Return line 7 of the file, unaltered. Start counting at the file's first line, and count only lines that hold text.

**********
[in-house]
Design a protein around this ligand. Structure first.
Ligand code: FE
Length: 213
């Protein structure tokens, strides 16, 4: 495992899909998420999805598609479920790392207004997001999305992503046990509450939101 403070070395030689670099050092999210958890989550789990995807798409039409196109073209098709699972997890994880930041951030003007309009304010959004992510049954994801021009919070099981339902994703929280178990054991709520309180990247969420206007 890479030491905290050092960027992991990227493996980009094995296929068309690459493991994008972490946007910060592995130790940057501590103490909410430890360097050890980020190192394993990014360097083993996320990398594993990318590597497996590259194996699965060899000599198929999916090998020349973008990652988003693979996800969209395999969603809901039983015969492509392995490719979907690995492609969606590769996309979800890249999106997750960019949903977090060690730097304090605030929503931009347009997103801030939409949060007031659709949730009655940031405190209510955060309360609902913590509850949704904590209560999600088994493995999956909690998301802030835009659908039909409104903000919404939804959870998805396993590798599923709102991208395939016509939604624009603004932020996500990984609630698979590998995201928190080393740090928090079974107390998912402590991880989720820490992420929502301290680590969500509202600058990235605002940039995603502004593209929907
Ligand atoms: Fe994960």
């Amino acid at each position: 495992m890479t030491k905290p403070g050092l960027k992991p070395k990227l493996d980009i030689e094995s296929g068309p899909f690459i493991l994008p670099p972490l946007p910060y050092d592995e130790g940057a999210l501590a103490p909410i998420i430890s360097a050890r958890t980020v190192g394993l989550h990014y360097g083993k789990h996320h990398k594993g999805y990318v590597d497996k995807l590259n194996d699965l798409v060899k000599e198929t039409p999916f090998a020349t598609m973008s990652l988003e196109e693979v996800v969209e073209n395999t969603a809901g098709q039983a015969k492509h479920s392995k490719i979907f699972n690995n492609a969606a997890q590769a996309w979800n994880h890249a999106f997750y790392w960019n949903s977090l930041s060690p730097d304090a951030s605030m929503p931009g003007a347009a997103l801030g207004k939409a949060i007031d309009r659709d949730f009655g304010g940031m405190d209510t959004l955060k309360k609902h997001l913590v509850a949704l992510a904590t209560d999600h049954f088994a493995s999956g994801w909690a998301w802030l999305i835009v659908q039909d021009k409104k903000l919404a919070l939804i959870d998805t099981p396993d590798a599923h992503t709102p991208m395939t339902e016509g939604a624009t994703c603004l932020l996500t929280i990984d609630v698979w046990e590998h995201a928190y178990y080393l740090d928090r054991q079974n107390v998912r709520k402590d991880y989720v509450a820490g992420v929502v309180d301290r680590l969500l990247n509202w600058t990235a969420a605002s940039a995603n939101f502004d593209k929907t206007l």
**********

């Amino acid at each position: 495992m890479t030491k905290p403070g050092l960027k992991p070395k990227l493996d980009i030689e094995s296929g068309p899909f690459i493991l994008p670099p972490l946007p910060y050092d592995e130790g940057a999210l501590a103490p909410i998420i430890s360097a050890r958890t980020v190192g394993l989550h990014y360097g083993k789990h996320h990398k594993g999805y990318v590597d497996k995807l590259n194996d699965l798409v060899k000599e198929t039409p999916f090998a020349t598609m973008s990652l988003e196109e693979v996800v969209e073209n395999t969603a809901g098709q039983a015969k492509h479920s392995k490719i979907f699972n690995n492609a969606a997890q590769a996309w979800n994880h890249a999106f997750y790392w960019n949903s977090l930041s060690p730097d304090a951030s605030m929503p931009g003007a347009a997103l801030g207004k939409a949060i007031d309009r659709d949730f009655g304010g940031m405190d209510t959004l955060k309360k609902h997001l913590v509850a949704l992510a904590t209560d999600h049954f088994a493995s999956g994801w909690a998301w802030l999305i835009v659908q039909d021009k409104k903000l919404a919070l939804i959870d998805t099981p396993d590798a599923h992503t709102p991208m395939t339902e016509g939604a624009t994703c603004l932020l996500t929280i990984d609630v698979w046990e590998h995201a928190y178990y080393l740090d928090r054991q079974n107390v998912r709520k402590d991880y989720v509450a820490g992420v929502v309180d301290r680590l969500l990247n509202w600058t990235a969420a605002s940039a995603n939101f502004d593209k929907t206007l």